Dream of becoming an entrepreneur but don’t know where to start from? Here are 5 steps to get you there.
When Lent comes round, I like to challenge myself with a new practice. This year, touched by Russell Brand’s book, “Recovery: Freedom from Our Addictions”, I decided to look at my relationship with alcohol. Russell really drilled into my head that everyone has some kind of addictive behaviour, whether it be with our phones, sugar, alcohol…. And if I’m really honest with myself (and with you), as well just enjoying the taste of good alcohol, I sometimes notice myself using it in a compulsive way.
A few days ago, a client and I got talking about Game of Thrones. It’s not an unusual topic for us. Lily* absolutely adores the show, and thanks to her suggestion that I watch it, I’ve become pretty obsessed with it myself.
As we speak about possible future plot lines, I notice that her eyes repeatedly light up when she mentions Daenerys Targaryen.
“You like Daenerys a lot, don’t you?”
“Yeah, I do. I think she’s my favourite character.”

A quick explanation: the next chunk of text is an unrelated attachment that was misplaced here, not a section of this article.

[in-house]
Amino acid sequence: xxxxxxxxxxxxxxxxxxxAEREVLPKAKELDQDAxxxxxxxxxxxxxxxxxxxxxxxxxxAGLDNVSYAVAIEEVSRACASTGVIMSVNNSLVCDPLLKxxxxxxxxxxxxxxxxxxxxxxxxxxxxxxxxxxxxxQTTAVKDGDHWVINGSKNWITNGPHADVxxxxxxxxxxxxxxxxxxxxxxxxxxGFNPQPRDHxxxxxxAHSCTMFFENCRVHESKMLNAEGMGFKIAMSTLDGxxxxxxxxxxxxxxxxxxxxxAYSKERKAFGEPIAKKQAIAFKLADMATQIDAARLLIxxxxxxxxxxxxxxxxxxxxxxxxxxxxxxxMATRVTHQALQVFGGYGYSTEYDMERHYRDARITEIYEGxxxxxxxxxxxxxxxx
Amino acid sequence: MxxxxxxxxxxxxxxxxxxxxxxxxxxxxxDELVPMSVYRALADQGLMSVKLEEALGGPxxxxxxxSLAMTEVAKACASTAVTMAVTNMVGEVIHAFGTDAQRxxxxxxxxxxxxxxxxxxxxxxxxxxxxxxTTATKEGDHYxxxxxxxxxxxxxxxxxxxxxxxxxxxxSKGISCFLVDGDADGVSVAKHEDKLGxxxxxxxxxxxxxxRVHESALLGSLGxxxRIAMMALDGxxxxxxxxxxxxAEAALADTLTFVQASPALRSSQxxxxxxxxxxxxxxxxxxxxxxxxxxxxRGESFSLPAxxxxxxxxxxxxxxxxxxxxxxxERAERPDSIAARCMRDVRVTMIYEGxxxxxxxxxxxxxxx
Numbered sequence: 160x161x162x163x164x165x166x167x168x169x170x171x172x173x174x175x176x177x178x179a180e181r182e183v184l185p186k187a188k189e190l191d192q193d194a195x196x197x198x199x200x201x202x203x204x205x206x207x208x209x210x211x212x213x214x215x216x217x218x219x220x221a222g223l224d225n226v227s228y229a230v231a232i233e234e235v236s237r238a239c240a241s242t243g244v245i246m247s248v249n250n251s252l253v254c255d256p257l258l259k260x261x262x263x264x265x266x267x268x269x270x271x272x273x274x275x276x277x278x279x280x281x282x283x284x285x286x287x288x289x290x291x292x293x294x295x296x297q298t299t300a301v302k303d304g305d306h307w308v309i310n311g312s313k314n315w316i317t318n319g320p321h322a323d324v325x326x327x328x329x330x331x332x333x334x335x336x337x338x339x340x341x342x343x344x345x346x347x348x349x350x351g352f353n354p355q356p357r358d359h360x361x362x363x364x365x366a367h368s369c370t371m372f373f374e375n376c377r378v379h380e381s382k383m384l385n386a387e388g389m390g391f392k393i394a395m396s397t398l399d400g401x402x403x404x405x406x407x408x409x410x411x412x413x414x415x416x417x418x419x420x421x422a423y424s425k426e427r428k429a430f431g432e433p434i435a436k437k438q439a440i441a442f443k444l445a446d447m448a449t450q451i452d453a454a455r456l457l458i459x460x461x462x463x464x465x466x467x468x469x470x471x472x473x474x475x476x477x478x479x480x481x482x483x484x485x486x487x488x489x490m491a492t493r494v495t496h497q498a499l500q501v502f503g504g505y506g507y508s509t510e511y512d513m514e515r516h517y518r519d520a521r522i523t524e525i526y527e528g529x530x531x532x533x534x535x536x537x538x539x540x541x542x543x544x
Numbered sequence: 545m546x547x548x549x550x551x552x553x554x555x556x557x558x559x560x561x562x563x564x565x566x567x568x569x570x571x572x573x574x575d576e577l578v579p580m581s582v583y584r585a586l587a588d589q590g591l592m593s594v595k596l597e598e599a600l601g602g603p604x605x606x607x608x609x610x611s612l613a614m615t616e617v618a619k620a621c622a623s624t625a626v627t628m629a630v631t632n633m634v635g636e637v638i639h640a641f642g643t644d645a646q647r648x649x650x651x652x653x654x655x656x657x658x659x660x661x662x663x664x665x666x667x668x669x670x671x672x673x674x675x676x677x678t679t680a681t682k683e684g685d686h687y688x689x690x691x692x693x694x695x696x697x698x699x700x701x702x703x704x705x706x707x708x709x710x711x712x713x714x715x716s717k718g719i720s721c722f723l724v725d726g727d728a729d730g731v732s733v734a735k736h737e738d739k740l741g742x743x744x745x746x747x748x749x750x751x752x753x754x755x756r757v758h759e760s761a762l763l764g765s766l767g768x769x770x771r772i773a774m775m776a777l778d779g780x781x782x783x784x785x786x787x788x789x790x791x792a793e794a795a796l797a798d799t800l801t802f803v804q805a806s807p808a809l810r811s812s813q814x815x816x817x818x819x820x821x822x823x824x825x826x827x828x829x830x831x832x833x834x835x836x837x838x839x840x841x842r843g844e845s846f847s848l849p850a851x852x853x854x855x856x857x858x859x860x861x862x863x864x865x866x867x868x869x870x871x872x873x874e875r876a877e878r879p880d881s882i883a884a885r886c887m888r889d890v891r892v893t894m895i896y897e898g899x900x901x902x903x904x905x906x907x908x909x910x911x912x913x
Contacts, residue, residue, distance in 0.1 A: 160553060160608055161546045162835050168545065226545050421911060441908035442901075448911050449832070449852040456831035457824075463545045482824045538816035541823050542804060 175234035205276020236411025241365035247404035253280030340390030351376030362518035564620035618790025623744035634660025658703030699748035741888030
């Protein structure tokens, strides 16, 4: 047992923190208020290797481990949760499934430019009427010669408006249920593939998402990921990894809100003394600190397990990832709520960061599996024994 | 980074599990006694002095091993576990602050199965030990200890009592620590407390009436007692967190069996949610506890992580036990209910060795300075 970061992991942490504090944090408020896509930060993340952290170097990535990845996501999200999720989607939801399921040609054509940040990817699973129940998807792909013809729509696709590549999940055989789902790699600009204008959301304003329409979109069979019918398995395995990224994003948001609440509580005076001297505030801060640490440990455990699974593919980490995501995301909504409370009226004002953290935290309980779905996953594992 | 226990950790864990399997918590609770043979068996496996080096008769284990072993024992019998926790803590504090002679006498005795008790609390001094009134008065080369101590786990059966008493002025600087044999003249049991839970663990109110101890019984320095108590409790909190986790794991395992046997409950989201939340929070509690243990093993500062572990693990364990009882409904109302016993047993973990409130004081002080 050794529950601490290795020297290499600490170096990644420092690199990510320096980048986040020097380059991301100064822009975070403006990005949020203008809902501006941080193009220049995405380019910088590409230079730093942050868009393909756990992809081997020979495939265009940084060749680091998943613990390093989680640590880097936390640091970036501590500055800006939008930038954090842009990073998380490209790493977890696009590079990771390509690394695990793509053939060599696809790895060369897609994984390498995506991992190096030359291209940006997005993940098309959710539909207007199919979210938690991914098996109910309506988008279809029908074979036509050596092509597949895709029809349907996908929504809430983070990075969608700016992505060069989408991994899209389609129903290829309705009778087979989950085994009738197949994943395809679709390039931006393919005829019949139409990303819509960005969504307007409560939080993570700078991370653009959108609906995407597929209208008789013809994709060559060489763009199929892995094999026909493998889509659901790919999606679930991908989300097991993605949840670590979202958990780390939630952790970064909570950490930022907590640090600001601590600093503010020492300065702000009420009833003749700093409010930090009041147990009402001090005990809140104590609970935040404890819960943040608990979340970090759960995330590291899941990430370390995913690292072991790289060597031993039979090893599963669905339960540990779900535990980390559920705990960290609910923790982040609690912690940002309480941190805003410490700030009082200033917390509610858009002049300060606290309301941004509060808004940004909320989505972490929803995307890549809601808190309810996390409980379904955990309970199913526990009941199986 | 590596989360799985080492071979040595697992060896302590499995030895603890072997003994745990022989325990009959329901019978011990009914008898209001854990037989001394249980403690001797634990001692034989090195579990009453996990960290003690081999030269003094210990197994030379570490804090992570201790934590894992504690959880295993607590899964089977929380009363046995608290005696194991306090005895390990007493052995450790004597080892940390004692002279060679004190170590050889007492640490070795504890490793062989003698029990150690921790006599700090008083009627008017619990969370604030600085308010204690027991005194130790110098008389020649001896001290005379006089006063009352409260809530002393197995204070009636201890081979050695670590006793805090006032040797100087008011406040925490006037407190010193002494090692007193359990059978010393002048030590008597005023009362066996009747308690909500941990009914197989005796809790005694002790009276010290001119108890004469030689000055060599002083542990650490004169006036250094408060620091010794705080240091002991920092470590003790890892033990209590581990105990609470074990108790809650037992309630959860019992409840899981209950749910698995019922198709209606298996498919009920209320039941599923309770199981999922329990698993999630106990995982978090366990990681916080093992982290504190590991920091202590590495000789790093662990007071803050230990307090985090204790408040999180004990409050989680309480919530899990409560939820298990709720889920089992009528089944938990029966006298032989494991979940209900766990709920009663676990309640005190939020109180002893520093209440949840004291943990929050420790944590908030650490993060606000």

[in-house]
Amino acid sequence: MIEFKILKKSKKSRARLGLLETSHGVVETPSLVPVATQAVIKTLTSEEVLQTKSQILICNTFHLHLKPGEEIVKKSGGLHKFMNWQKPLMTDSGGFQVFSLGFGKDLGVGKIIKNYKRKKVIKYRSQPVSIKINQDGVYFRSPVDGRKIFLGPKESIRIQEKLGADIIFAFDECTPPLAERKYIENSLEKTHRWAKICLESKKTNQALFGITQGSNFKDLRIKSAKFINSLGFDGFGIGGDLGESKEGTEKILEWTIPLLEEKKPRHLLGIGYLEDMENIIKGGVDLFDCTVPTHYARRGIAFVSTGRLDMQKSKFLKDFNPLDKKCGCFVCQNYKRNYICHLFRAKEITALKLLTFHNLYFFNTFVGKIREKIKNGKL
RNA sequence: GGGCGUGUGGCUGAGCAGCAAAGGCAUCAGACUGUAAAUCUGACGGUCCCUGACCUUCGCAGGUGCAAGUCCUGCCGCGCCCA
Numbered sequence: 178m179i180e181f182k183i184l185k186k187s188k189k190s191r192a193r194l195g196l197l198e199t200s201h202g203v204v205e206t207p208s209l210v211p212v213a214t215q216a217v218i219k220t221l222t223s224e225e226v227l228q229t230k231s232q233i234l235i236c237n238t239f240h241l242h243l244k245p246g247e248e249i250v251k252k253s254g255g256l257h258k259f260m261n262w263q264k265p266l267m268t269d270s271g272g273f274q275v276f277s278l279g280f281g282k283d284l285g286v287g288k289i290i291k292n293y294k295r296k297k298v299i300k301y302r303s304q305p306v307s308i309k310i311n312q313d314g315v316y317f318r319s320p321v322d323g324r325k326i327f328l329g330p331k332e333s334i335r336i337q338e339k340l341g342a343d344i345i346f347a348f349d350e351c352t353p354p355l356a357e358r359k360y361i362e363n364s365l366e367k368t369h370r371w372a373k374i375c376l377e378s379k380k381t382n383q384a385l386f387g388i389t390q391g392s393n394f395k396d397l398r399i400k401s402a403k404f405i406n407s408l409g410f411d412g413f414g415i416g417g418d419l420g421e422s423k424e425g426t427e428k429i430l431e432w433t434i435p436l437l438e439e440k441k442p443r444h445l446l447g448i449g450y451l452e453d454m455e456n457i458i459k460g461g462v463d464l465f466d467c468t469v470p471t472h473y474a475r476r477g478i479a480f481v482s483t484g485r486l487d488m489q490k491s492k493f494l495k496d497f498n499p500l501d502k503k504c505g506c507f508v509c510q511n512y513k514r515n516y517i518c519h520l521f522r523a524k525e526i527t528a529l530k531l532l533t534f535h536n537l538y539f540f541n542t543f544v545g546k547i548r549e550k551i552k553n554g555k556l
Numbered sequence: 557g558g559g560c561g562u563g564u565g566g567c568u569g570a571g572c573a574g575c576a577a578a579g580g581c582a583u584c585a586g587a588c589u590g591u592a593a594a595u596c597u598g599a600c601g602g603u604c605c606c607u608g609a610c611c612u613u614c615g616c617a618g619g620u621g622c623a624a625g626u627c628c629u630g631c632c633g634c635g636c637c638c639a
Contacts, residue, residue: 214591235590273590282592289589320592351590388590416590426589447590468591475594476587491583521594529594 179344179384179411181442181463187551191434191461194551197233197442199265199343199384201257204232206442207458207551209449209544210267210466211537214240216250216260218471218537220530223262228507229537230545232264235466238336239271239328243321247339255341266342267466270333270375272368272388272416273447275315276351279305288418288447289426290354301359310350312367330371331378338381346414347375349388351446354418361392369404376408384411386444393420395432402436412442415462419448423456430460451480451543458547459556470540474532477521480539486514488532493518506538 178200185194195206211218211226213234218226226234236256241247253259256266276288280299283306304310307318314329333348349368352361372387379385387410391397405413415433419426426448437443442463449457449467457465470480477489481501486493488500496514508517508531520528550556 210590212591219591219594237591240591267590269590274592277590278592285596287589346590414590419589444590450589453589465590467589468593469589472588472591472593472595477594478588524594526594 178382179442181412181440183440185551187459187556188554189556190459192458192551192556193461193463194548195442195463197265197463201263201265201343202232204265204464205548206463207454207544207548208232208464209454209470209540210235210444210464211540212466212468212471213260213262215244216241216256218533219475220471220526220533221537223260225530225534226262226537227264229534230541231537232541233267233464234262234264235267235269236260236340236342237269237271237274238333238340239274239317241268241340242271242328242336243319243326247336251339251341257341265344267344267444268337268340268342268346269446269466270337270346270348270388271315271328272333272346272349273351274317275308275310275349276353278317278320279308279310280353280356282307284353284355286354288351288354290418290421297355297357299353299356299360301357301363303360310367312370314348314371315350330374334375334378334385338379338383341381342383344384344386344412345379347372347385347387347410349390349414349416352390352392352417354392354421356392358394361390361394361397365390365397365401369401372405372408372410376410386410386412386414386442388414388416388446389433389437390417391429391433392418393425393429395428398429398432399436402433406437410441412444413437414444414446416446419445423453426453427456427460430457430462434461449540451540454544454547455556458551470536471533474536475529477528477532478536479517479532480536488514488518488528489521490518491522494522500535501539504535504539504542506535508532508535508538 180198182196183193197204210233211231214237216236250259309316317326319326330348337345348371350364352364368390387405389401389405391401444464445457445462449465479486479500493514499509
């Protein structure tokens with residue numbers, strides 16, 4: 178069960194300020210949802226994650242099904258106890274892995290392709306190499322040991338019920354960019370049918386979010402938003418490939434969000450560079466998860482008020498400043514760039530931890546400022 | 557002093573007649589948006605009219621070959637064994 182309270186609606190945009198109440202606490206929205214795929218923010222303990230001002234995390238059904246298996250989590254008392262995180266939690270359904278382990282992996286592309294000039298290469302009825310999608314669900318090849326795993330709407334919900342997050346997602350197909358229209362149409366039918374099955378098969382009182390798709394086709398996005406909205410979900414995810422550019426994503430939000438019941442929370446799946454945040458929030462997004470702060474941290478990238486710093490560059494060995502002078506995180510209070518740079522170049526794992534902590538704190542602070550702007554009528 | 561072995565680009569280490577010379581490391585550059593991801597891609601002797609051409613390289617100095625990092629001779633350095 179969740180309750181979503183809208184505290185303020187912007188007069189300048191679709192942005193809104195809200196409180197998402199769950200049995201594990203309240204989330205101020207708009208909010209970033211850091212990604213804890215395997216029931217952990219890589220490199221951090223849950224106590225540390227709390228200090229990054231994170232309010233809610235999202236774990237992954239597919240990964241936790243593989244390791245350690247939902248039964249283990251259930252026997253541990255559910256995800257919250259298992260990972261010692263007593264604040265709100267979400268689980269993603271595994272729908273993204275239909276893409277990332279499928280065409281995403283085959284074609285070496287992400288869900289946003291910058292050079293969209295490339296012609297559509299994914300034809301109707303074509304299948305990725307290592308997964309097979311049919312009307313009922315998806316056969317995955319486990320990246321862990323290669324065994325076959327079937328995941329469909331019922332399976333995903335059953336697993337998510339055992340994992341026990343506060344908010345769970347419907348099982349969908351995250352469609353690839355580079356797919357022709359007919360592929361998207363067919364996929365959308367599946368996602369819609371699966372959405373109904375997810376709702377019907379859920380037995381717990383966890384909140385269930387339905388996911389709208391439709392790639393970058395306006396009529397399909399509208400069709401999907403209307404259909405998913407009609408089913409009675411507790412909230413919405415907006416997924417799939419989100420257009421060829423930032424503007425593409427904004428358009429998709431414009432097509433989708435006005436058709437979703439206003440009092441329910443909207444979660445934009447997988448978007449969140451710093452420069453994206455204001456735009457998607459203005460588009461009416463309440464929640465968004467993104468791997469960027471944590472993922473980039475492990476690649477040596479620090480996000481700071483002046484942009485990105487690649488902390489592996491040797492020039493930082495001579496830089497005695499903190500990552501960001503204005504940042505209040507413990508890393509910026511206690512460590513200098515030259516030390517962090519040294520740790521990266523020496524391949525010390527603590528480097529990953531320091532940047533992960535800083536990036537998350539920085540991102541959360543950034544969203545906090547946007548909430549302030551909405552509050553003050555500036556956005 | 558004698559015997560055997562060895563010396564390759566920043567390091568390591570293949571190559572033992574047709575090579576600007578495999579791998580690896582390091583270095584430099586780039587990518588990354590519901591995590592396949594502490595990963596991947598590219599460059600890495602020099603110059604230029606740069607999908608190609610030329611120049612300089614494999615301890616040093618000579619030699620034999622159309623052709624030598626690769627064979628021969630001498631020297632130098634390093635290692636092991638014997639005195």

“What do you like about her?”
“Well…” She sits back in the sofa, looking thoughtful. “Do you remember the first time we met Daenerys?”
We know that understanding our emotions helps us to navigate our social worlds. But when you’re dealing with an emotion like jealousy, it’s not easy to make sense of it. We often feel like losers when we experience jealousy. We’re told that we shouldn’t feel jealous; that it’s not flattering and we should just get over it. But jealousy happens; it’s a normal biological response, and when we choose not to pay attention to it, we’re likely to create exactly what we want to avoid.
Here is a guided meditation to help you centre into a peaceful state that you can carry with you throughout your day. When we are peaceful, our brains become more adaptable, making it possible for us to learn and heal more efficiently.
Use this meditation to train your brain to embrace challenging events with confidence. Practice regularly to help you transition into the person you want to become.
I began studying masculinity at about the same time I began personal therapy, the intention of which was to become a better person. As the sessions wore on I quickly realised that to become a better person, I first had to be a better man.